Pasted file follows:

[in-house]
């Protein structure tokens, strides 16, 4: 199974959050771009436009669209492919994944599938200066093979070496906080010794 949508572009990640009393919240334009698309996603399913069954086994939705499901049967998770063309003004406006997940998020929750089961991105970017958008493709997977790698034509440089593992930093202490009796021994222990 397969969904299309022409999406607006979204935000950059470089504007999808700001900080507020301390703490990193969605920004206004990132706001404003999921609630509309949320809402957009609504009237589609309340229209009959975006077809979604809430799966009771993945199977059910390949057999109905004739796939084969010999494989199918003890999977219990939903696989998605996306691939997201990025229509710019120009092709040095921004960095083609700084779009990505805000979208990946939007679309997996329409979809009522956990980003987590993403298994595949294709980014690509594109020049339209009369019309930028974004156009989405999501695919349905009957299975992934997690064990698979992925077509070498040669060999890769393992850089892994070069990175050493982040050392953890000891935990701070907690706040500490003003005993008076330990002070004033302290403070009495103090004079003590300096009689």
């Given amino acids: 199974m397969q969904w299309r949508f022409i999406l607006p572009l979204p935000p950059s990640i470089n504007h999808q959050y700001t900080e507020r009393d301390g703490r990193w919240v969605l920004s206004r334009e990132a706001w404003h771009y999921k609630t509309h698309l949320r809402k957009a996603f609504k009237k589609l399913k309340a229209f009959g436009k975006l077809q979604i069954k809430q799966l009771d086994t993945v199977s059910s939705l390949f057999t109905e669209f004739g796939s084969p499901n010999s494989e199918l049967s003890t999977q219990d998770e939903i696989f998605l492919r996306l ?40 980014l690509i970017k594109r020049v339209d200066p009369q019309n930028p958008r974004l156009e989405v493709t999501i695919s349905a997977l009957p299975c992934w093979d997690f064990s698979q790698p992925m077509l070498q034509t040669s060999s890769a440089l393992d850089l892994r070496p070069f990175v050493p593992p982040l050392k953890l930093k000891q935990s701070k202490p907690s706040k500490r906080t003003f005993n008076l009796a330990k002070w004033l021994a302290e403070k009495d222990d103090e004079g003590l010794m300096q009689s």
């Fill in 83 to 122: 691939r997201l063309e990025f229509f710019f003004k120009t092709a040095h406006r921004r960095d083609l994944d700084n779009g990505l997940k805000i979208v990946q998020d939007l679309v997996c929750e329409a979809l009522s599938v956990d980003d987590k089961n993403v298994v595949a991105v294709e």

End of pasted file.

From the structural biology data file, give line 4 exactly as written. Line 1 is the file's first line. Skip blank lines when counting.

């Fill in 83 to 122: 691939r997201l063309e990025f229509f710019f003004k120009t092709a040095h406006r921004r960095d083609l994944d700084n779009g990505l997940k805000i979208v990946q998020d939007l679309v997996c929750e329409a979809l009522s599938v956990d980003d987590k089961n993403v298994v595949a991105v294709e």